Birthdays, for as long as I can remember, have always come with a tinge of sadness in them. I feel this deep melancholy which starts building up a few days before the day, and reaches a peak on the morning of my birthday. I become morose and fussy, and pick up fights for no reason – with those I love, those who love me. I crib about things I normally don’t, and my eyes fill up for the slightest reason. In short, I become somebody I don’t like.
No, it’s not what you think – except for a couple of things like a heavier body, occasionally aching limbs and rioting hormones, I have no issues at all with the aging part; even the silver in the hair is fine by me. I do feel a sense of urgency when I think of the clock ticking away – there’s so much yet on my bucket list, and so many mistakes to atone for, that I wonder if there will be enough time left for all that… And yes, I do feel a sense of loss that chocolates and marshmallows don’t thrill me as they used to. But with all that, I still am happier in my skin now than, say, twenty years ago. No, aging really has nothing much to do with it.
The past year has been a journey of transition for me. A year of introspection and retrospection at a level that was not as subjective as it always had been. A time when I learned to accept a lot about myself and the people around me – most importantly that we, all of us, are as good as we are fallible, and vice versa. A year when I learned that in order to truly forgive others, I have to forgive myself first. And that the same holds for love…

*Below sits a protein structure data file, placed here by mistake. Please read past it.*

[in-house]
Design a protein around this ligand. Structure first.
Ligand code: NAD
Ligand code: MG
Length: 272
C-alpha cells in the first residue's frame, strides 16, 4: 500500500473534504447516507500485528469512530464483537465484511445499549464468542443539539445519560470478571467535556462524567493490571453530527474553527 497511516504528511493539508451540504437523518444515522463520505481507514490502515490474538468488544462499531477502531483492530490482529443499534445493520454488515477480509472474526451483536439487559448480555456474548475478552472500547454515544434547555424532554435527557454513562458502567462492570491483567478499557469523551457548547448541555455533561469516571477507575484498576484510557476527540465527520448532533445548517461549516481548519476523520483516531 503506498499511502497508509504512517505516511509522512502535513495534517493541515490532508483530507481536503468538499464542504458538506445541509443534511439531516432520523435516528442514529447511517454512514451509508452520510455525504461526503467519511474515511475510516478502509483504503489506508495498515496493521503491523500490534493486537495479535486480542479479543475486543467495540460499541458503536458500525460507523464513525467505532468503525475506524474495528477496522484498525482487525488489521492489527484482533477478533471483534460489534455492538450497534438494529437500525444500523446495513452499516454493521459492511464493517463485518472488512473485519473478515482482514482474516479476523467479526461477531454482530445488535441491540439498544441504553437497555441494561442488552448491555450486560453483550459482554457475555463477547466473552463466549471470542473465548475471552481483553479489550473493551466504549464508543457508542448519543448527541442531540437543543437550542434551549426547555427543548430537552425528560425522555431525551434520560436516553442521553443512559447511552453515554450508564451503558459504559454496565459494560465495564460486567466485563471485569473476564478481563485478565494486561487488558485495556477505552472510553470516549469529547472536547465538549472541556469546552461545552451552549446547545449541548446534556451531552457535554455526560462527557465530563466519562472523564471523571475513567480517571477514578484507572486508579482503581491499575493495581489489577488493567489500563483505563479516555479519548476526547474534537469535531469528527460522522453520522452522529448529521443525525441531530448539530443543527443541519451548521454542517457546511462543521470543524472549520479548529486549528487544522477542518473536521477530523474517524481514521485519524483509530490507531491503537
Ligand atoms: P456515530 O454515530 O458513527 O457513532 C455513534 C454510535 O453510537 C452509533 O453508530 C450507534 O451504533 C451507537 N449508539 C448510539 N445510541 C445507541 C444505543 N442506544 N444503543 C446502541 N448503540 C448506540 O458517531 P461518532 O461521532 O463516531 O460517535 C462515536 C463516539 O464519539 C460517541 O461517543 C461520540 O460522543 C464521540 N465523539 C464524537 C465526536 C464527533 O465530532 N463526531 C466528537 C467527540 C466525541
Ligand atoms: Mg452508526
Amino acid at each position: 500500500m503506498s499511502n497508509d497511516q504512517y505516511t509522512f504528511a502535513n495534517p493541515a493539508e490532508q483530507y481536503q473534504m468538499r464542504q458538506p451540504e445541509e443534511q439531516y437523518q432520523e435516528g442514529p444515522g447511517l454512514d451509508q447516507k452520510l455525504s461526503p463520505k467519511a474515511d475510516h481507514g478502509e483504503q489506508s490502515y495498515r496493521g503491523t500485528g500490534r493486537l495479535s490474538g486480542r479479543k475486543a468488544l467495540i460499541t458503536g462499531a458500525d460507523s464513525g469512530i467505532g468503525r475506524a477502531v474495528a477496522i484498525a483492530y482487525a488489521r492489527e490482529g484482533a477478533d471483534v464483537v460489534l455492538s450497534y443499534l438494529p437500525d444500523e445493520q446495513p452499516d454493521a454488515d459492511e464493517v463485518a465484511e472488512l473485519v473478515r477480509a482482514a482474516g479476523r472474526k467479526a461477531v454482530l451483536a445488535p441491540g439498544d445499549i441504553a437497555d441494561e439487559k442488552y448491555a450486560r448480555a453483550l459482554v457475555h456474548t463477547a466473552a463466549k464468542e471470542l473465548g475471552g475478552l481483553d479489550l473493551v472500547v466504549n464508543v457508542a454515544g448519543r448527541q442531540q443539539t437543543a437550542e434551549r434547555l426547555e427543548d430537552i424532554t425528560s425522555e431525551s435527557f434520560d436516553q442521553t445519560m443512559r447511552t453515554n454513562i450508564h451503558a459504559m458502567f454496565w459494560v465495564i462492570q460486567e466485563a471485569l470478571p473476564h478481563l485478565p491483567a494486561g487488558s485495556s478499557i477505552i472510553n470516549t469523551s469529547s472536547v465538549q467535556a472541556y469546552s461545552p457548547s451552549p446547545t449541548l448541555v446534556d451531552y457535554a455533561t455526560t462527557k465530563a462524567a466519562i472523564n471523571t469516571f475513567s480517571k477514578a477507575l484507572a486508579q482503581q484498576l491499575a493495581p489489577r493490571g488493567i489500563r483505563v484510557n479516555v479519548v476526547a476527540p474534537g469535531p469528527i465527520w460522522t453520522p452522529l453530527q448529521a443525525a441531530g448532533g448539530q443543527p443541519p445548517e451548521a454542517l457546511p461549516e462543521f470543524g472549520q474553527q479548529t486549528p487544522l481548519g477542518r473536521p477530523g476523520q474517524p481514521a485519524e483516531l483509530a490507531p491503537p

And yet, I felt the same mounting desperation as I always had when my birthday neared, the same grey undertones, shadows of old memories that come back to haunt. Memories of my childhood birthdays which were in reality not about me at all…the child me could not understand the adult need to prove points, and hence could not understand the sense of uncertainty and confusion overpowered the simple pleasure of having friends over…
Memories of my teenage birthdays – days that marked a life that had spun out of my control; the anxiety, inadequacy, guilt – even shame… It took me a whole lifetime to accept that I wasn’t the player – I was just a mere pawn, and that even the anxiety and guilt I claimed as my own were in fact preposterous assumptions.
Memories of my birthdays in adulthood, the importance of which progressively faded in the collective familial memory… The fussy, adults-and-chaos-filled birthday feasts of my childhood slowly began to be replaced by ‘Oh! That was today?’ or ‘Sorry! I forgot!’ I did not know which felt worse – being remembered-forgotten or being forgotten-forgotten. Each birthday I would expect, and then fuss.
I think the first ones to break that cycle were my students. Hand-made cards, red roses, ‘Happy birthday to you…’ choruses – they never forgot. They made me feel special, unforgotten. In time, slowly, my family too came to understand and accept that I’m childish enough to love the attention, that I’ll never be mature enough to not be thrilled by it…
They learned to remember.
Yesterday, it was my birthday again. And this time, I did feel special, unforgotten. My long-suffering family, my equally long-suffering friends (I prefer the word ‘friblings’ – friends who are more than siblings), my students, my acquaintances – they remembered, and went out of their way to make it an amazing day for me. A hug, a call, some kind words…a whole lot of LOVE! And my birthday was truly special.
Thank you, all of you, for remembering-remembering me.